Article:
GEO will advocate the value of Earth observations, engage communities and deliver data and information in support of Energy and Mineral Resources Management by enhancing the discovery, development and sustainable production of mineral and renewable energy resources; in order to facilitate substantial increases in the share of renewable energy in the global energy mix, through usable, actionable information on resource assessment, monitoring and forecasting of intermittent energy sources, including solar, wind, ocean, hydropower, geo-thermal power and biomass.
Exploiting the full potential of energy resources is of critical importance to all countries. This trillion-dollar economic sector includes coal, oil and gas as well as renewable energy sources such as solar, wind and hydropower.
Key concerns for both governments and the private sector include reliable access to energy, the efficient management of energy resources, improved technologies for stabilizing or reducing greenhouse gas emissions, and the need to report energy emissions levels to the UN Climate Change Convention and other bodies.
The Global Earth Observation System of Systems is helping governments and companies to manage energy resources more effectively. GEOSS provides the information they need for evaluating the potential for producing renewable energy and assessing the risks and potential of carbon capture and storage systems designed to reduce greenhouse gas emissions.
GEOSS also provides data and information for monitoring and forecasting fluctuations in hydropower, solar, ocean and wind energy sources; assessing and predicting the environmental impacts of energy exploration, extraction, transportation and consumption; reducing weather-related and other risks to energy infrastructure; matching energy supply and demand; and informing other aspects of energy-policy planning in both developing and developed countries.
Earth observations combined with other data contribute to crop monitoring to counter food insecurity, a commitment upheld by all states under Sustainable Development Goal 2, zero hunger.
GEO will advocate the value of Earth observations, engage communities and deliver data and information in support of Food Security and Sustainable Agriculture by underpinning development, management and forecasting of global food and agricultural production on land and in the water; in order to end hunger, achieve food security (including monitoring for quality, safety and correct identification) and promote sustainable agriculture adapted to climate change impacts through strengthening food production monitoring and early warning systems, and providing accurate, timely information on agricultural production status, outlook and forecasts.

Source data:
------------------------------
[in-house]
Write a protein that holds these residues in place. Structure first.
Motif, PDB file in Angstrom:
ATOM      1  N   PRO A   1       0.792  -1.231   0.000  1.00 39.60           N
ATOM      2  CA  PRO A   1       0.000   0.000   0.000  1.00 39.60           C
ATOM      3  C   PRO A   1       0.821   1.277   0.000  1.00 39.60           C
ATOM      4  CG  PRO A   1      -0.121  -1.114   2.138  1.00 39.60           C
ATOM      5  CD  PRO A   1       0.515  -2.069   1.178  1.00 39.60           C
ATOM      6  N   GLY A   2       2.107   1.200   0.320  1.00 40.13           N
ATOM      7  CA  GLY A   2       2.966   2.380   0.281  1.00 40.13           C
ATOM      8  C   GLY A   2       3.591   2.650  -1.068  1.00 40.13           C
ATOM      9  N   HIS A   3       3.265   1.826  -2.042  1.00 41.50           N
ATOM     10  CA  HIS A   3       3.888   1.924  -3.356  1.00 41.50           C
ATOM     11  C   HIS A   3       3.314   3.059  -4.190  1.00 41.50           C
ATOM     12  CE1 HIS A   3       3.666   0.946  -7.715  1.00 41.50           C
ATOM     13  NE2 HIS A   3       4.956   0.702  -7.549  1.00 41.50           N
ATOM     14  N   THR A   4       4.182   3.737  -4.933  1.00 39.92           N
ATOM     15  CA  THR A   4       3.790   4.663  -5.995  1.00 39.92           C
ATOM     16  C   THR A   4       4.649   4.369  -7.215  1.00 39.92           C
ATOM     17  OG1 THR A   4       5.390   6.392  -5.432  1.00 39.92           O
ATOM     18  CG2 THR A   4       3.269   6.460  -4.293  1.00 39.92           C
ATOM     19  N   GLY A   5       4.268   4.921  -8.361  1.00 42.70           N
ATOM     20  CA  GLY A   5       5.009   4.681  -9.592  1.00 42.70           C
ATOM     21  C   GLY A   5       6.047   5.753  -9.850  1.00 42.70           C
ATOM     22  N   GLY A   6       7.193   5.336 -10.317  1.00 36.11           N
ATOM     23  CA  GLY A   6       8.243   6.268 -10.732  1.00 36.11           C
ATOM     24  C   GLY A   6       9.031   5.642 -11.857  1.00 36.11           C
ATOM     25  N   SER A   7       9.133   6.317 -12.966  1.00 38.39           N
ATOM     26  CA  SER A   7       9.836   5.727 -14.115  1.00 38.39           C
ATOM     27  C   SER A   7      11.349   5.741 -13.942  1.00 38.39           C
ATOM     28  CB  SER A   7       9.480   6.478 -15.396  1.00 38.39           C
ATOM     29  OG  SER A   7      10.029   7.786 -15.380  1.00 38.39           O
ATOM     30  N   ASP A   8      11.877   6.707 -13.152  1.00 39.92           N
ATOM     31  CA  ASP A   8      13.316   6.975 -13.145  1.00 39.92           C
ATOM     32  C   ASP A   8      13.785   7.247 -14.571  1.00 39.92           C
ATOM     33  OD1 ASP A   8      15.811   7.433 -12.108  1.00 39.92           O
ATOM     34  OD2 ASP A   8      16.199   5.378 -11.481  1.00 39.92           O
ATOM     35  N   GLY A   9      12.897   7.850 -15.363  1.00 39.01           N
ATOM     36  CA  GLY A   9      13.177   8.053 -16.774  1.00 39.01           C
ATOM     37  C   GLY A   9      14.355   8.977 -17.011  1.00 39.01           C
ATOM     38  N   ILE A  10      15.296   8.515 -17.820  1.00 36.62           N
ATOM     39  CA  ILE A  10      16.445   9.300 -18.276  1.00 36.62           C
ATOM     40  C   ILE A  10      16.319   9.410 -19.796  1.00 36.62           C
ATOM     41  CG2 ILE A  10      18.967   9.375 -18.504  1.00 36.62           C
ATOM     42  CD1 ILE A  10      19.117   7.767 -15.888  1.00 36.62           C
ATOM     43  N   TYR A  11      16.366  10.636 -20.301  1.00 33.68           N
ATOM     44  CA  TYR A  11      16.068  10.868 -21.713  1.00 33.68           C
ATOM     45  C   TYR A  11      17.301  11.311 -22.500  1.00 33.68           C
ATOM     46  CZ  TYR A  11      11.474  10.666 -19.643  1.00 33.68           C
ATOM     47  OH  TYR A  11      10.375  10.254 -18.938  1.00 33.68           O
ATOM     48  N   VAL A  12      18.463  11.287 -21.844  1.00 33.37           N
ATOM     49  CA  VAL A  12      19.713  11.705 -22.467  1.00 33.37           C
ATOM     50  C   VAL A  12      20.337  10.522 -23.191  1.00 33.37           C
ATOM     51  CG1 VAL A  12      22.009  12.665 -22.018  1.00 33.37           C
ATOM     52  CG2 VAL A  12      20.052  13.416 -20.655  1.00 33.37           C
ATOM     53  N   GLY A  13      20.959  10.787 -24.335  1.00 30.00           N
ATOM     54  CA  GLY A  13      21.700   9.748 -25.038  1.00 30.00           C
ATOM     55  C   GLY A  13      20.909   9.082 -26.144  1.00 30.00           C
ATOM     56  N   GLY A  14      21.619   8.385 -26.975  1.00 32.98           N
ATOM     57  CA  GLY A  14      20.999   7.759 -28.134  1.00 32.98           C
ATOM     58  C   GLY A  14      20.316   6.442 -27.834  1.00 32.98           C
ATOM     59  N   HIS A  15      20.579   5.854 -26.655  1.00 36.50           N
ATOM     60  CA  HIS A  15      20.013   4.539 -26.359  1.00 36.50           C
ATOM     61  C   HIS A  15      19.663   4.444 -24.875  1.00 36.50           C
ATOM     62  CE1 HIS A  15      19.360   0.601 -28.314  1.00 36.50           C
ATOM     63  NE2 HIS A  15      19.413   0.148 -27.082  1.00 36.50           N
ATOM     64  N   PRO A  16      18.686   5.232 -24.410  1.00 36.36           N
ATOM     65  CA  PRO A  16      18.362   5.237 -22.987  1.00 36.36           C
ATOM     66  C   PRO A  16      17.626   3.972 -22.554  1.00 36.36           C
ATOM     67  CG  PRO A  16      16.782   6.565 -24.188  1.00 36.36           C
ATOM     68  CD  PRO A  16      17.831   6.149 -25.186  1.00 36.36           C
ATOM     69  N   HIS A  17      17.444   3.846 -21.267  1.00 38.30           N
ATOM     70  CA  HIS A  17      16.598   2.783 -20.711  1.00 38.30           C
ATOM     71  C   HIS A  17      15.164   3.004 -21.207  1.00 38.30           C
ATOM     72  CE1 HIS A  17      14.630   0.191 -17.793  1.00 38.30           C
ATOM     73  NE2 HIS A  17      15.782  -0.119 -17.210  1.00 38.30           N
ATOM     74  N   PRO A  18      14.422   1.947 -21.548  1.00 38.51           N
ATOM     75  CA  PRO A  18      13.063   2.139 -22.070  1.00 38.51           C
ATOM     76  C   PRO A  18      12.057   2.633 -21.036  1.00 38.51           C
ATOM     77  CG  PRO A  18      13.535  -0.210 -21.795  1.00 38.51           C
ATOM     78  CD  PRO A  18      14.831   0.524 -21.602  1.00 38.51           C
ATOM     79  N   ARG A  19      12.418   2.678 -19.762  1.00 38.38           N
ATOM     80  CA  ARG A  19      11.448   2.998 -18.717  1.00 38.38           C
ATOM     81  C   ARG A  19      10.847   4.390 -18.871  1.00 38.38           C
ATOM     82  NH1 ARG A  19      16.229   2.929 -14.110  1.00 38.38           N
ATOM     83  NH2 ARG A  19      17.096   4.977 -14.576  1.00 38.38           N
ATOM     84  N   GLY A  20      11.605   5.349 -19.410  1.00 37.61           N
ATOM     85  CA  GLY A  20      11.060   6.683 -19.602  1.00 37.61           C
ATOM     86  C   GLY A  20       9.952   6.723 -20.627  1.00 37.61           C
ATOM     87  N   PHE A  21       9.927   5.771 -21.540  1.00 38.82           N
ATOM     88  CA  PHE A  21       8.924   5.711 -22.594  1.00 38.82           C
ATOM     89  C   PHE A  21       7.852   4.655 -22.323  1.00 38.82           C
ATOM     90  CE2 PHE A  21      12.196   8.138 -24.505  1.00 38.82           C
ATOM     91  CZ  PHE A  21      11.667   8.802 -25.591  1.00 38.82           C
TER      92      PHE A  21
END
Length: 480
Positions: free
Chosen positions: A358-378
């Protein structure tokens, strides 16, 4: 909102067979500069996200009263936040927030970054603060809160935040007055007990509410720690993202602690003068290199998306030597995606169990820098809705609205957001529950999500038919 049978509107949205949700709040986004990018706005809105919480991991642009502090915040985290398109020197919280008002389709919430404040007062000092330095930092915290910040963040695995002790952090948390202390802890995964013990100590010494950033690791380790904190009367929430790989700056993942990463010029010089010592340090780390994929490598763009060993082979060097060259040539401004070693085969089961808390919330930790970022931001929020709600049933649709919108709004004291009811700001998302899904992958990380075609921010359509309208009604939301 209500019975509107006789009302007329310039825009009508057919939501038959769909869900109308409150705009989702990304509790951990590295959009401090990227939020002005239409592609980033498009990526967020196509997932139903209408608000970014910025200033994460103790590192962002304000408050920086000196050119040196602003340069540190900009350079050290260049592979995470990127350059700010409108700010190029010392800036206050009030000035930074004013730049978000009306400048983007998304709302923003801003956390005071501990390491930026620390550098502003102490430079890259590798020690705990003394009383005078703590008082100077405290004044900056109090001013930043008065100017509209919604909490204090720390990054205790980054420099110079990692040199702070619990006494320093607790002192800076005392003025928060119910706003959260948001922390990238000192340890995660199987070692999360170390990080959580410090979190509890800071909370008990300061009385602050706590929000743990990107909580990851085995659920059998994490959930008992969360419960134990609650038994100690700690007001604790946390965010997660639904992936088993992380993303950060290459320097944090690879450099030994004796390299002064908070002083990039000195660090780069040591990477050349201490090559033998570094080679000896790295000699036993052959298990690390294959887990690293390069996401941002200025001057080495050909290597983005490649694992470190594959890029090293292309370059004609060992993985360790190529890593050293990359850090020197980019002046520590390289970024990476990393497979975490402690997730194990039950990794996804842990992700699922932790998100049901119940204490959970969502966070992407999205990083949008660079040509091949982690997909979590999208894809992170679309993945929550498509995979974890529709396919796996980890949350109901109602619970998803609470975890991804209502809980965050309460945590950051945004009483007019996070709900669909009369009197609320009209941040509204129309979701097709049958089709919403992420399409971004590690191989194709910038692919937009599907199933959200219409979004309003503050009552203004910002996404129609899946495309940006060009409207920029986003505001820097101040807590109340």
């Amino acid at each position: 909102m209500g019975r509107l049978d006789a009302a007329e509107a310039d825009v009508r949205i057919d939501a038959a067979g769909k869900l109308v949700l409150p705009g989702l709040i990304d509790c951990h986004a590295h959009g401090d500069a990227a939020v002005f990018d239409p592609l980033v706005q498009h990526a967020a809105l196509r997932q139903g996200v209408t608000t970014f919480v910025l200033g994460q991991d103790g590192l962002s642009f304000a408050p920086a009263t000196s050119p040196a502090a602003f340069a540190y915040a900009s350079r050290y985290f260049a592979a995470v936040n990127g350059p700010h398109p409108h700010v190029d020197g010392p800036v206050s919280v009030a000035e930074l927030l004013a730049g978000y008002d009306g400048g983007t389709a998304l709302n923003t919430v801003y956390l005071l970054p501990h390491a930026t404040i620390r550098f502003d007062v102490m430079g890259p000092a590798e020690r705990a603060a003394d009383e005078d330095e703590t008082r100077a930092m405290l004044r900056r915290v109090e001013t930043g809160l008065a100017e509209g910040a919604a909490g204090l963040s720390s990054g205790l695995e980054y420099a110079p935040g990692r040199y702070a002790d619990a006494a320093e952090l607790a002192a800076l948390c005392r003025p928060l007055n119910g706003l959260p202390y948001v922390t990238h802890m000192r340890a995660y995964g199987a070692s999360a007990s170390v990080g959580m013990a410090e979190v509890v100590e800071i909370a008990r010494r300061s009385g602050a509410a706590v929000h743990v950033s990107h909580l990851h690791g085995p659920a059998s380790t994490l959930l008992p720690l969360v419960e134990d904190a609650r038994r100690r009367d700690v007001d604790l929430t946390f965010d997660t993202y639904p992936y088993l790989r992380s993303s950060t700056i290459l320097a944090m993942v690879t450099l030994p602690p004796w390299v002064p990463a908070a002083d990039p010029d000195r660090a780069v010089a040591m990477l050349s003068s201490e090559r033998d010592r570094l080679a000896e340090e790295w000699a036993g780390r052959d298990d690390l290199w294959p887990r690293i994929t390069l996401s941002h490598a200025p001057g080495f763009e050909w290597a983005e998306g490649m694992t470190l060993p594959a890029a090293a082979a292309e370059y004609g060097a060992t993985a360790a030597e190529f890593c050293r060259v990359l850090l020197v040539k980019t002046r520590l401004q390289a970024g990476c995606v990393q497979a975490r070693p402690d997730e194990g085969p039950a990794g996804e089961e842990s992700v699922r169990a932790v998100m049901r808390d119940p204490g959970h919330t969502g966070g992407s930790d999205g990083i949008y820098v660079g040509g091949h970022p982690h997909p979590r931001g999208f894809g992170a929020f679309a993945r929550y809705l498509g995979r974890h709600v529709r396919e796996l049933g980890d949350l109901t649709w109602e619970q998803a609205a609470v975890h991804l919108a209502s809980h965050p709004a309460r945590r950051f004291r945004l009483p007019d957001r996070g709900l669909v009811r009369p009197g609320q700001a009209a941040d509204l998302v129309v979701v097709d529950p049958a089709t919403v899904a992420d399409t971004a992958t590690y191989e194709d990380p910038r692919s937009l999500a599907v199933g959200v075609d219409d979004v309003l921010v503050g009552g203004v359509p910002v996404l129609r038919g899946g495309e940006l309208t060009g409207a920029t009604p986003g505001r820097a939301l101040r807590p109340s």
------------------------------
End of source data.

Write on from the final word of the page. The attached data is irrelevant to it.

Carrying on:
Food supplies depend on trends in the natural environment, including weather and climate, freshwater supplies, soil moisture and other variables.
At the same time, agriculture has a major impact on the environment. Unless they are sustainably managed, farms and pastures can cause erosion, desertification, chemicals pollution and water shortages. Similarly, fishing can deplete fish stocks and damage coastal ecosystems. These risks need to be monitored and managed.
The Group on Earth Observations is constructing the Global Earth Observation System of Systems to help farmers, fishers and policymakers maximize productivity and food security while preserving ecosystems and biodiversity.
GEO also aims to support the sustainable management of agriculture by disseminating weather forecasts, early warnings of storms and other extreme events, water pollution, long-term forecasts of likely climate change impacts, and information on water supplies.
These and other data are being integrated so that they can be used in models for simulating and predicting agricultural trends. Related activities include mapping the changing distribution of croplands around the world, advancing the accuracy of measurements of biomass (the total amount of living material in a given habitat or population), reporting agricultural statistics in a more timely manner, and improving forecasts of shortfalls in crop production and food supplies.
Public health alerts on air quality, outbreaks of disease carried by water-borne vectors, and assessments of access to health facilities are informed by Earth observations and help to achieve SDG Goal 3 on Good Health and Wellbeing.
GEO will advocate the value of Earth observations, engage communities and deliver data and information in support of Public Health Surveillance by yielding insight into the threat of vector-borne and environmentally-linked diseases, taking into account impacts of climate change; in order to promote a substantial reduction in the number of fatalities and illnesses from infectious diseases, environmental pollution and health risks, through raising public awareness and supporting policy making and management with accurate monitoring and early warning at local, national, regional and global levels.